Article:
[CentOS] recommended way to install source rpms?

Mathieu Baudier mbaudier at argeo.org
Mon Oct 11 01:10:07 EDT 2010


> More people should be doing this kind of stuff.  The world needs more
> open source developers.  Looking at existing code is a great tool for
> learning.

+1

As Karanbir put it in his interview in Distrowatch a few months ago,
CentOS is not only great as a stable and predictable server distrib,
but can also serve as a basis for going further in one particular
area, leaving the rest rock solid and untouched.

- create rpmbuild environment as here:
http://wiki.centos.org/HowTos/SetupRpmBuildEnvironment
- install 'mock' (IMPORTANT: install the one from CentOS, exclude the
one from EPEL in your repo file)

- download SRPM(s)
- (optional) if taken from Fedora after around 9 or 10, rpm -i
*.src.rpm won't work, unpack it manually with Archive Manager, put the
spec file in SPECS, the rest in SOURCES
- download the latest source, or hack the spec file, etc.
- create the SRPM: rpmbuild -bs --nodeps rpmbuild/SPECS/myspecfile.spec
- build the SRPM you just created in mock (with debug option enabled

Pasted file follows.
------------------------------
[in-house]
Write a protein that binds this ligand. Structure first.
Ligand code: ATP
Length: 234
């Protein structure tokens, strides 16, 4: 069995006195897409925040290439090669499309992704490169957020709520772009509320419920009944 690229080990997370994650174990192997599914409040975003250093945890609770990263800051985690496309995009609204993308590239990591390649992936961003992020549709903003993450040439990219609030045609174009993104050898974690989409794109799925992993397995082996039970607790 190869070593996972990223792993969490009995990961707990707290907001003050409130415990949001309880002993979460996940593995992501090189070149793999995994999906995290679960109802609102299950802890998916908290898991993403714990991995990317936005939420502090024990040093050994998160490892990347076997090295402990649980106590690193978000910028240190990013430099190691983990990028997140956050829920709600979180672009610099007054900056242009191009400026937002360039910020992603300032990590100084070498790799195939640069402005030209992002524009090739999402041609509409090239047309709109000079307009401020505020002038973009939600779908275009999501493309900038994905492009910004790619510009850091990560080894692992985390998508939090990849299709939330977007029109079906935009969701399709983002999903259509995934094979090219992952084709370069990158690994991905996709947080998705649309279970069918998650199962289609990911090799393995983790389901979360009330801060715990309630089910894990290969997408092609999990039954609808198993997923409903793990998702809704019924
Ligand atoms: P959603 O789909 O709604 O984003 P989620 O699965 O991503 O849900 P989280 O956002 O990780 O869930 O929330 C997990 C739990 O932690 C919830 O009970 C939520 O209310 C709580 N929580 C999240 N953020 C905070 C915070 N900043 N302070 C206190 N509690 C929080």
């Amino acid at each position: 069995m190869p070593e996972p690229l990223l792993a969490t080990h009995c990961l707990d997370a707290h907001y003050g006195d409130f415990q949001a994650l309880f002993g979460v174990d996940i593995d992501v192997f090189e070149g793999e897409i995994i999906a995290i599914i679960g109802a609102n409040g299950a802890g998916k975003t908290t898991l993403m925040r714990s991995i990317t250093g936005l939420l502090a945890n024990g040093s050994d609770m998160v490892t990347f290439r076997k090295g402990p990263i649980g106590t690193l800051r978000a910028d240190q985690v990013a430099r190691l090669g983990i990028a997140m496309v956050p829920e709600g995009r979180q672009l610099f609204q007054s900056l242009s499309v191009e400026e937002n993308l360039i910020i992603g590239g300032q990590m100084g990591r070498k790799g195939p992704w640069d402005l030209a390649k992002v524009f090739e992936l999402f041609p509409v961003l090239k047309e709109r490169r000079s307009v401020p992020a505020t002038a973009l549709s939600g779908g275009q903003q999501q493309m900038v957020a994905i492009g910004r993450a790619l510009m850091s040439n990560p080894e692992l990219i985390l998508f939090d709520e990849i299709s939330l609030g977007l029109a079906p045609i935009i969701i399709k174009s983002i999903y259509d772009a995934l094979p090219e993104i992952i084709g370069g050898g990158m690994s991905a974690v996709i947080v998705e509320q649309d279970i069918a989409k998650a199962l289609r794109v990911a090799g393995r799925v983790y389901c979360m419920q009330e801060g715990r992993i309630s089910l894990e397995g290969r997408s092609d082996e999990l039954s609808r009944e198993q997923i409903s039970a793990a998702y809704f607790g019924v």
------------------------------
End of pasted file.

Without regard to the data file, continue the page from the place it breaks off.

to see all the logs, but they will also be in build.log)
- do it over and over until your build dependencies are right and it
completely builds
- retrieve your RPMs, put them in a directory, use 'createrepo' to
create metadata, use this directory as an additional repo for mock
(update /etc/mock/*.cfg)
- create a virtual machine (using KVM, VirtualBox, ...)
- install your binaries RPM in the virtual machine (you could expose
the above created local repo via httpd or NFS)
- break your dummy virtual machine as much as you want
- if what you have done could be useful to someone else, you are free
to redistribute it (http://www.gnu.org/philosophy/free-sw.html), just
be clear that it is not supported CentOS, especially if you updated
core parts (*-plus repositories)

[1] building in mock is really efficient and clean: it takes care of
the dependencies in a clean chrooted install, otherwise you end up
having plenty of build dependencies on your workstation and if you
have to build the dependency of the dependency of the dependency,
install it in order to build the next one, etc. you're pretty much
sure to break your workstation. You can use 'mock shell' to go and
build manually in the chrooted install in case something went wrong
and you want to study it without redoing the whole process.


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